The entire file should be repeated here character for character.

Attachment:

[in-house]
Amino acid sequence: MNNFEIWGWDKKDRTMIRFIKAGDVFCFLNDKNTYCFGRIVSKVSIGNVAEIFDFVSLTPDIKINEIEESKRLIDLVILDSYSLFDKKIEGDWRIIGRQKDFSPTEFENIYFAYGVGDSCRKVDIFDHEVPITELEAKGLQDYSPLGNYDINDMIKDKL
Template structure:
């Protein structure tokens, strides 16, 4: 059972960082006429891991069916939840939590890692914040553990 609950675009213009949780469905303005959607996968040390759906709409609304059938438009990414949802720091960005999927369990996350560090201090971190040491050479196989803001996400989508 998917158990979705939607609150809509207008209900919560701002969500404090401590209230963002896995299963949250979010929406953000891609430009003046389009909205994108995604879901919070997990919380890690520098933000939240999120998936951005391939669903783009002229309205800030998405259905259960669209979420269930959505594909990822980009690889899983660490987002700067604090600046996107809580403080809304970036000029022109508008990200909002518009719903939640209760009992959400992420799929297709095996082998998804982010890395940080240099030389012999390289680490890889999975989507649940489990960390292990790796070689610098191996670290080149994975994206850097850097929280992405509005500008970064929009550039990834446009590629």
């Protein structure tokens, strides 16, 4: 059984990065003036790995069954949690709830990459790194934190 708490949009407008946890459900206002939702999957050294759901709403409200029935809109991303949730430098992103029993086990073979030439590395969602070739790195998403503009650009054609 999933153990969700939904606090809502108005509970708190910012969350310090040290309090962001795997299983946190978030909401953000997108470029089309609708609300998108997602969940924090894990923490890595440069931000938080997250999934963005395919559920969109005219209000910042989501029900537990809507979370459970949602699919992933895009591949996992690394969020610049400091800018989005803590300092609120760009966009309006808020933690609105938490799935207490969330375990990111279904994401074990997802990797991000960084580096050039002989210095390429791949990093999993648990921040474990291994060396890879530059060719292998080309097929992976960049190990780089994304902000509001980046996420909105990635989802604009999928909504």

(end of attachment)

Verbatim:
[in-house]
Amino acid sequence: MNNFEIWGWDKKDRTMIRFIKAGDVFCFLNDKNTYCFGRIVSKVSIGNVAEIFDFVSLTPDIKINEIEESKRLIDLVILDSYSLFDKKIEGDWRIIGRQKDFSPTEFENIYFAYGVGDSCRKVDIFDHEVPITELEAKGLQDYSPLGNYDINDMIKDKL
Template structure:
């Protein structure tokens, strides 16, 4: 059972960082006429891991069916939840939590890692914040553990 609950675009213009949780469905303005959607996968040390759906709409609304059938438009990414949802720091960005999927369990996350560090201090971190040491050479196989803001996400989508 998917158990979705939607609150809509207008209900919560701002969500404090401590209230963002896995299963949250979010929406953000891609430009003046389009909205994108995604879901919070997990919380890690520098933000939240999120998936951005391939669903783009002229309205800030998405259905259960669209979420269930959505594909990822980009690889899983660490987002700067604090600046996107809580403080809304970036000029022109508008990200909002518009719903939640209760009992959400992420799929297709095996082998998804982010890395940080240099030389012999390289680490890889999975989507649940489990960390292990790796070689610098191996670290080149994975994206850097850097929280992405509005500008970064929009550039990834446009590629």
């Protein structure tokens, strides 16, 4: 059984990065003036790995069954949690709830990459790194934190 708490949009407008946890459900206002939702999957050294759901709403409200029935809109991303949730430098992103029993086990073979030439590395969602070739790195998403503009650009054609 999933153990969700939904606090809502108005509970708190910012969350310090040290309090962001795997299983946190978030909401953000997108470029089309609708609300998108997602969940924090894990923490890595440069931000938080997250999934963005395919559920969109005219209000910042989501029900537990809507979370459970949602699919992933895009591949996992690394969020610049400091800018989005803590300092609120760009966009309006808020933690609105938490799935207490969330375990990111279904994401074990997802990797991000960084580096050039002989210095390429791949990093999993648990921040474990291994060396890879530059060719292998080309097929992976960049190990780089994304902000509001980046996420909105990635989802604009999928909504």